Developing a balanced diet for children can be tricky. It also doesn’t help that kids can’t fully grasp the importance of eating a balanced diet to help their nutritional development. The most difficult part, however, is that most parents value convenience over nutrition. The emergence of easy microwave dinners and the plethora of fast food options are steadily contributing to the obesity rate in the United States. According to the National Health and Nutrition Examination Survey, obesity in adults is at 39.6% in 2018.
Now, what can you do to ensure that your child develops healthy eating habits? What can you do to become a healthier person for them as well?
Let TheGetWell walk you through different tips to develop a balanced diet not only for your child but for your whole family!
Lead by example
This is probably the most important tip on this list. Encouraging your kids to eat healthy, exercise, and choose healthier options wouldn’t be enough if they don’t see you, the person they look up to the most, doing the same things. Children see, children do. It’ll be easier for children to understand the benefits of having a balanced and healthy diet when they see you doing it as well. Leading by example is infectious! Especially now that you have a little one looking up to you as their role model.
Lean meat, no skin
We’re not saying all the time. Let your children understand the benefits of eating lean meat and setting aside the skin of the fried chicken they’re about to eat but also let them enjoy it from time to time. We understand it can complicate the pursuit of a healthier diet but sometimes it’s also healthier for children to be children. In this way, you’re not only schooling them about having a healthier diet but also teaching them the concept of moderation.
You don’t expect them to live with you forever, right? Would you rather they understand the concept of moderation while they’re younger or have them binge all the food they weren’t allowed to eat when they get older? Always remember: moderation is key.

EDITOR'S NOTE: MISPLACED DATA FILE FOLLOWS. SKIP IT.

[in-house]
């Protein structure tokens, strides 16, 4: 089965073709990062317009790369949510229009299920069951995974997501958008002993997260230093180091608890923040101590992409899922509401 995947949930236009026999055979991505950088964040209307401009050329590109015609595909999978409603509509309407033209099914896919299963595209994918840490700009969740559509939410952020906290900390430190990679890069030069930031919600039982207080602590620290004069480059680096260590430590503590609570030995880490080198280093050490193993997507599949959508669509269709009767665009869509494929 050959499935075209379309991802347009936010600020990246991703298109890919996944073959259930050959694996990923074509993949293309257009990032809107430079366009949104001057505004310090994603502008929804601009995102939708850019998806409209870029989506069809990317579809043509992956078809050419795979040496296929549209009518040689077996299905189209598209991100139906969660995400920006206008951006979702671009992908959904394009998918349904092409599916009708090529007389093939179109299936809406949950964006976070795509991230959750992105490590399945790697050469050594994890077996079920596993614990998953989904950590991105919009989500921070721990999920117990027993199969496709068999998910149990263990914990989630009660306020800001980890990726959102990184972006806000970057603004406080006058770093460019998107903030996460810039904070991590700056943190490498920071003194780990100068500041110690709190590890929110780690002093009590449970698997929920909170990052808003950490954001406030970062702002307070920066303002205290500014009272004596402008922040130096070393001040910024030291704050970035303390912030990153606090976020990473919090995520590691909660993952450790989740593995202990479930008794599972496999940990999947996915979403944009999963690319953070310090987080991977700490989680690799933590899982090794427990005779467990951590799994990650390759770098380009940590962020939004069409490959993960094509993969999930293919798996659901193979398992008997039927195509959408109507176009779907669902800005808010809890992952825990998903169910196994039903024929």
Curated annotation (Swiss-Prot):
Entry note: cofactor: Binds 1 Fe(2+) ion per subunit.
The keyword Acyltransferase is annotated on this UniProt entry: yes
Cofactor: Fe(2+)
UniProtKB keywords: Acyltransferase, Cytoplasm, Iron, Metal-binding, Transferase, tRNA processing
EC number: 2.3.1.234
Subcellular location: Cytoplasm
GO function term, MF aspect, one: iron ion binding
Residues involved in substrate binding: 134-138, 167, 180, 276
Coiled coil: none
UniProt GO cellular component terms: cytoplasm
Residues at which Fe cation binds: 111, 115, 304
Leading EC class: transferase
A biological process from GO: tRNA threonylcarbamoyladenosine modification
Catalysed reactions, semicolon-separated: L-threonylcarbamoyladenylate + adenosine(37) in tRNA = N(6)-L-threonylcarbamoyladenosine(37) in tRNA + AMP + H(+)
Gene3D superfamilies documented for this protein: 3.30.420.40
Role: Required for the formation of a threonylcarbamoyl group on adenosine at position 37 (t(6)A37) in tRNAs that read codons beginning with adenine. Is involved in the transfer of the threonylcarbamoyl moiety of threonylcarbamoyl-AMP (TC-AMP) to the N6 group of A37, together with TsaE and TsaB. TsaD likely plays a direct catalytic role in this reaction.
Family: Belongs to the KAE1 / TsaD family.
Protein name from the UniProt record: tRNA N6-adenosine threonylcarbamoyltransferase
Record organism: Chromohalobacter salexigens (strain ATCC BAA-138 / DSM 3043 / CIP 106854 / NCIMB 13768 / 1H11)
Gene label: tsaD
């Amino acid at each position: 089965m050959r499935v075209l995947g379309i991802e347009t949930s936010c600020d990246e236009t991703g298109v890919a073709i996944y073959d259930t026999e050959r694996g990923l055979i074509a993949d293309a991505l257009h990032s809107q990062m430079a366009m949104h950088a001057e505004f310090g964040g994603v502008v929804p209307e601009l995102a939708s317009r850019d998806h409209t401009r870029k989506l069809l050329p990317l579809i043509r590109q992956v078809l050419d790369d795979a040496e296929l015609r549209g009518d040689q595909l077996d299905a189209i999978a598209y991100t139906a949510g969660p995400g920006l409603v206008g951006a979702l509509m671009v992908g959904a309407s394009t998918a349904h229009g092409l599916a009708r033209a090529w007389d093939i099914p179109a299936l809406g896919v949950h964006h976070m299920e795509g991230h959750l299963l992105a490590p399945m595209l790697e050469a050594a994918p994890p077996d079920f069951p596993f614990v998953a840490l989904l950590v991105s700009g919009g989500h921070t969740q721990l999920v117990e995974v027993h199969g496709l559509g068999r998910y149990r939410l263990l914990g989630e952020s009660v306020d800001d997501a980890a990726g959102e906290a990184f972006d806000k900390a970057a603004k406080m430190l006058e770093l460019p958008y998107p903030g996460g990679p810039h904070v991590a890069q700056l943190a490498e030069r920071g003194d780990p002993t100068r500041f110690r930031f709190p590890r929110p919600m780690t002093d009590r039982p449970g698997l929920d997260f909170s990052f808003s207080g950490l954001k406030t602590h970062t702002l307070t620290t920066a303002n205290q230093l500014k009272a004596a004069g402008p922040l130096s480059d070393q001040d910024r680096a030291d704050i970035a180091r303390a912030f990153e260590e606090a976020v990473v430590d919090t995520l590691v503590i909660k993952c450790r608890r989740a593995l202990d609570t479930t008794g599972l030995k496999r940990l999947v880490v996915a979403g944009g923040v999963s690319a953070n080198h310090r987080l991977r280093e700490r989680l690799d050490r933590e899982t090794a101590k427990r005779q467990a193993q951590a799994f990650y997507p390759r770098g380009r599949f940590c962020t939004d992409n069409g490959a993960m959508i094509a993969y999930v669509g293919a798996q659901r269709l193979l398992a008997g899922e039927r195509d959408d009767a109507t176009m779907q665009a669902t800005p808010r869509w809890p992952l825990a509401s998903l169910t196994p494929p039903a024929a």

A family that shops together…
…gets healthier together! Grocery shopping is the best and easiest way to explain to your kids why the food they eat matters to their overall health. Shopping together will also help your children get familiarized with what shelves they should be looking for when trying to find healthier options. This could also be the perfect time for parents to explain where food comes from. Children should experience the “why” side of choosing healthy. Going grocery shopping with them allows you to educate them about the health benefits of nutrition-rich food. The best part? Your children can get to choose which vegetables, fruits, or any other healthy snacks they want to try!
Make snacking healthy
Snacking goes hand-in-hand with the shopping experience we mentioned above. By keeping fruits and vegetables on hand and ready for consumption, it’s going to be easier for kids to choose healthy snacks. Pro tip: Choose snacks that are high in protein and fiber to aid your child’s underdeveloped digestive system. Healthy snacking for your child will improve their overall health, regulate their mood, and keep them sharp throughout the day.